Three teachers step into retirement

Three teachers step into retirement

Mary Mason, Anita Unrath and Virginia Wills announced their retirements.

In the upcoming 2013-2014 school year, the school will undergo many adjustments and school life will drastically change.  Along with the absence of public busing, the raising of athletic fees, and many budget deficits, the faculty will be losing three retiring teachers who have helped shape the school.

Piling more and more textbooks into a box, English 2 Honors teacher Mary Mason involves students in helping clear out her classroom. Mason and her students have spent the period moving books to another classroom, and while Mason has yet to reveal her plans of retirement, a student asks why the moving of materials is taking place. In response, Mason reveals her plan to retire at the end of the year. Mason, foreign language teacher Anita Unrath and Latin teacher Virginia Wills plan to retire at the end of the year. With the combined teaching experience of 70 years, the three teachers have helped create West Shore’s reputation of one of the best schools in the nation.

For the teachers, the news of retirement was difficult to break because of the many relationships that have been formed with their students and the school.  Sophomore Ashley Pekmezian, one of Mason’s English 2 Honors students, explained the reason of why Mason has decided to retire.

“Mrs. Mason told us that she was retiring to take care of her 13th grandchild,” she said. “I’m sad because Mrs. Mason is such a sweet lady and we’re going to miss her, but I’m excited that she gets to care for a baby. She’ll have another ball of joy in her life.”

Mason, who began teaching at West Shore in 2005, has taught English classes ranging from English 2 Honors to AP English Language. In addition to being a “professional grandmother,” Mason said she’ll be able to enjoy things she hasn’t had time for while having a teaching profession.

“I like to do crafty things such as embroidery, needlepoint, watercolor, stain glass and basket weaving. I love gardening and growing all kinds of flowers,” she said. “I used to do those things years ago, and now I’ll be able to do them again.”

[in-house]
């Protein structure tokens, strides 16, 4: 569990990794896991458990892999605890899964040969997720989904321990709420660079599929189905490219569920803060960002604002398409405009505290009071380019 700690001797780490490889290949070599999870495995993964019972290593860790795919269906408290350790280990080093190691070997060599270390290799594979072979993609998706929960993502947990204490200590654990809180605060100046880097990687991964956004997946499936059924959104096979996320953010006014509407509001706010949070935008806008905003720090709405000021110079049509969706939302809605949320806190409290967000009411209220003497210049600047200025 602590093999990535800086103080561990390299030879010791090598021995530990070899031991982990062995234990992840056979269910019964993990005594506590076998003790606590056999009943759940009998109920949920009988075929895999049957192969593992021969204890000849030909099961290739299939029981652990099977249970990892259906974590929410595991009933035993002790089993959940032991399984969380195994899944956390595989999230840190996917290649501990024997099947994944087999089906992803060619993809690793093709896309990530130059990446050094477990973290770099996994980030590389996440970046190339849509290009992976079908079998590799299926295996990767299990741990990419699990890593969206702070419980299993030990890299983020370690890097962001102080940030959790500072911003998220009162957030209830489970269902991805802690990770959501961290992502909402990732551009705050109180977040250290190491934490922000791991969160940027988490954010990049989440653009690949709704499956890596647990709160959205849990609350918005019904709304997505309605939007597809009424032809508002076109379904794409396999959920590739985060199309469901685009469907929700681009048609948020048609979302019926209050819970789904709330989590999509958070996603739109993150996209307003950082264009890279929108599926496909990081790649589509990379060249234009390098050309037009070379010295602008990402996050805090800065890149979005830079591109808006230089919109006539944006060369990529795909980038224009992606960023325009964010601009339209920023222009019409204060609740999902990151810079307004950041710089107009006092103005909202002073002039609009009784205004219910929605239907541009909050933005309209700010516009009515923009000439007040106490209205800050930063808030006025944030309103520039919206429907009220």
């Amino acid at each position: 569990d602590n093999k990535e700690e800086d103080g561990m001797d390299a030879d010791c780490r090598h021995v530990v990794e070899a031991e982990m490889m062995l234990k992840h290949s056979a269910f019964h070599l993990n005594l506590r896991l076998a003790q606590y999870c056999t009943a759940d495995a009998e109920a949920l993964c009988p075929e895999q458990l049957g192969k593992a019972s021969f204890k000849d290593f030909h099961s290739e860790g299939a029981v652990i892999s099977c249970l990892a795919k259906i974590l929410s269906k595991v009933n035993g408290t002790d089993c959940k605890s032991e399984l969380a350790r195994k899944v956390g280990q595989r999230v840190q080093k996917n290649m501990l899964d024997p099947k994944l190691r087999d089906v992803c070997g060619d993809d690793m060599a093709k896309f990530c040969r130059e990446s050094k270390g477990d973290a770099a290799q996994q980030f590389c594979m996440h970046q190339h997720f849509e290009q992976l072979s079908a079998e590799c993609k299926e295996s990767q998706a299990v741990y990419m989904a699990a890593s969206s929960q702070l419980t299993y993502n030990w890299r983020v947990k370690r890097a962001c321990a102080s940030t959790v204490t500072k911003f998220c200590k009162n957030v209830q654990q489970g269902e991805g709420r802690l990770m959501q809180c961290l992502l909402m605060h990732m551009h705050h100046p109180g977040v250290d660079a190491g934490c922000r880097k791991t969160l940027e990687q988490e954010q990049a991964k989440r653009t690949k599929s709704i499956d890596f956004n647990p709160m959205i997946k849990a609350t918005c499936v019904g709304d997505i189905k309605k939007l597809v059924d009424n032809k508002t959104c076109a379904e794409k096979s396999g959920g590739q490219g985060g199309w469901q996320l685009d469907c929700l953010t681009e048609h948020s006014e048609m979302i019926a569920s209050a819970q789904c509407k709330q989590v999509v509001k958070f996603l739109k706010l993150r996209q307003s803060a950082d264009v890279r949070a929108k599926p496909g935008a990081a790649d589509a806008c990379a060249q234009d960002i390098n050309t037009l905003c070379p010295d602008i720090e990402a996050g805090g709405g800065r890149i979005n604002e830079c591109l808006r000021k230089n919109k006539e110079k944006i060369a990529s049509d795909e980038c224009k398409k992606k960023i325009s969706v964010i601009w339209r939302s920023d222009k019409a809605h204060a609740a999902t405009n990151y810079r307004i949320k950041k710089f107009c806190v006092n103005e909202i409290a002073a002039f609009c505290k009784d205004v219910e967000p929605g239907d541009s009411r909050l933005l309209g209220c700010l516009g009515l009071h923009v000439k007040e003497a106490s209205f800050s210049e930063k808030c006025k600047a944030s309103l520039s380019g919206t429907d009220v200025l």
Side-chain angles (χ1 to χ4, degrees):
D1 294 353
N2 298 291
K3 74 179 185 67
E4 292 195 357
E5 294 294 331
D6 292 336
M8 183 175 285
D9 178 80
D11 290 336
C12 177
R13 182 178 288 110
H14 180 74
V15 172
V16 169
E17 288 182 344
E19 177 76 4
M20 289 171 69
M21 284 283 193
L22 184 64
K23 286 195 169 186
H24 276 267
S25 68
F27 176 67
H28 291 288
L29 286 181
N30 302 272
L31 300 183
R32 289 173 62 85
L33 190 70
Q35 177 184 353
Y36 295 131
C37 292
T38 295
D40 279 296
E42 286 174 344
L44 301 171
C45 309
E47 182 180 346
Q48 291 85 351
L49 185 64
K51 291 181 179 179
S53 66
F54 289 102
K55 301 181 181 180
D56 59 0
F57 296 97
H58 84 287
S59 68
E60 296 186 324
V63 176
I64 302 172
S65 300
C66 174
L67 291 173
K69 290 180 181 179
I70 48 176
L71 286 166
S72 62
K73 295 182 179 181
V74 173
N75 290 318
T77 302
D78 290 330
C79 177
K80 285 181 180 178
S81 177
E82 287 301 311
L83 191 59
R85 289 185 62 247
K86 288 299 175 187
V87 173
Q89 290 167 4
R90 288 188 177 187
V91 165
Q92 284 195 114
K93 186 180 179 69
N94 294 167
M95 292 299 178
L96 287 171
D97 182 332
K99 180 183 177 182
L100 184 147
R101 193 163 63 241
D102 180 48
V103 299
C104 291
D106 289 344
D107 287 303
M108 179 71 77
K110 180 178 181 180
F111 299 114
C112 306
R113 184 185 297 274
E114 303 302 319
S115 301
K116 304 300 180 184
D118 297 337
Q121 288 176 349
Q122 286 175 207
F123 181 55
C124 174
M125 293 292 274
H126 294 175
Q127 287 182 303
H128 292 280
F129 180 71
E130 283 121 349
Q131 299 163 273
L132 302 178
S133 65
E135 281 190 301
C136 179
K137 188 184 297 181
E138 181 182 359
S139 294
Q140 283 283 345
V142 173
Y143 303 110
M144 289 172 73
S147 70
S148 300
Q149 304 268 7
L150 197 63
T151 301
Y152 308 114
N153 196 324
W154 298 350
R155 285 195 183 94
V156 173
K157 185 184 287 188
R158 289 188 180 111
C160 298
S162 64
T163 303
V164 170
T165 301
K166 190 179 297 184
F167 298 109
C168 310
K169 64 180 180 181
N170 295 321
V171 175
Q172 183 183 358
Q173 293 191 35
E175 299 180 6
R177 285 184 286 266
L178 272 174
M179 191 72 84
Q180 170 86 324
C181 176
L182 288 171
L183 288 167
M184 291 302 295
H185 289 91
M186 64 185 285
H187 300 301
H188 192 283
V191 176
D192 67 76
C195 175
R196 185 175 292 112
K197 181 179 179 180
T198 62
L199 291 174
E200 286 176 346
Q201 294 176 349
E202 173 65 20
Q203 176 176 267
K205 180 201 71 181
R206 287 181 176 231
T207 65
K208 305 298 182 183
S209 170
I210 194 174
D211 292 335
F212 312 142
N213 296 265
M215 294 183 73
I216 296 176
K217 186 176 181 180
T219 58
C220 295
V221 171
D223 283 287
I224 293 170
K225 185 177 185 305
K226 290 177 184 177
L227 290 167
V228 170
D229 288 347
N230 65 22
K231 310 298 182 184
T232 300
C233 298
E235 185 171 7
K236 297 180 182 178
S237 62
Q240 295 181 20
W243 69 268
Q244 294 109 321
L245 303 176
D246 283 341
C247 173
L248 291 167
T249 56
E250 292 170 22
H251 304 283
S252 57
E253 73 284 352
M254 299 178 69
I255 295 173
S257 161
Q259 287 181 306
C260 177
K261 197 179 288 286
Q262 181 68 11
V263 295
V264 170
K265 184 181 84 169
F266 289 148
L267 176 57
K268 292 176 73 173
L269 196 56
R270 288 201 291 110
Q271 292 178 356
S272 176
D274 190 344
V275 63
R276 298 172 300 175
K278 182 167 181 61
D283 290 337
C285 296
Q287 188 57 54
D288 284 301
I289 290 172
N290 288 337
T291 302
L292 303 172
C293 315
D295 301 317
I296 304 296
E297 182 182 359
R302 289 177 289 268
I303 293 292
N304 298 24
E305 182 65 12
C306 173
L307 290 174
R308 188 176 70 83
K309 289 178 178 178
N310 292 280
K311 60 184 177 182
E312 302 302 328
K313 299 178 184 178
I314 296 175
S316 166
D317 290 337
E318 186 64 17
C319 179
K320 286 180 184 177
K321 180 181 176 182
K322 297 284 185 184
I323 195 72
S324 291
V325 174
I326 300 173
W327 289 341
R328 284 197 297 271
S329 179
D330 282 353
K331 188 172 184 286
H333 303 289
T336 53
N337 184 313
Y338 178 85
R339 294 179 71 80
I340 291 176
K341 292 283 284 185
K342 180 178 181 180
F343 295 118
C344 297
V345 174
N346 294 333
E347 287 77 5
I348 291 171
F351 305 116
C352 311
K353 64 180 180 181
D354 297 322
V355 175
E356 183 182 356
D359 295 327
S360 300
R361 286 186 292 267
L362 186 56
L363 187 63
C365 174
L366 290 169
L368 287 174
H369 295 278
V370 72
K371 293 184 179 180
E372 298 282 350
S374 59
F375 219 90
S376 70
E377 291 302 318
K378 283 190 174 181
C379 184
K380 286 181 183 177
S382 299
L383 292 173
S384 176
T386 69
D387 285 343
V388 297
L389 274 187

Mason fondly regards her many years of teaching and explains what has made her job enjoyable for her.

“The best thing is absolutely the students and the friendships that are formed. Oh, and I love books. Who else gets to talk about books all day? For years, I would read The Count of Monte Cristo with the students, which has more than 1,000 pages,” she said. “This summer, I plan to read it again.”

As the nearing of retirement comes closer, Mason described her mixed feelings on her new freedom.

“I have mixed feelings on retirement. I’m looking forward to do the things I haven’t had time to do, but I’ll definitely miss the students and faculty,” she said.

One of Mason’s favorite memories was a past Wildcat Challenge.

“One year, my junior homeroom called themselves ‘Mason’s Mafia’ and wore white fedoras and T-shirts that looked like tuxedos,” she said. “The next year, they were ‘Mason’s Mexicans’ and wore big sombreros. The thing was, it was actually practical for the heat and sun.”

As of future campus visits, Mason said she knows it will be emotionally difficult to come back no longer a faculty member, but she plans on volunteering if her grandchildren are accepted to attend West Shore for high school.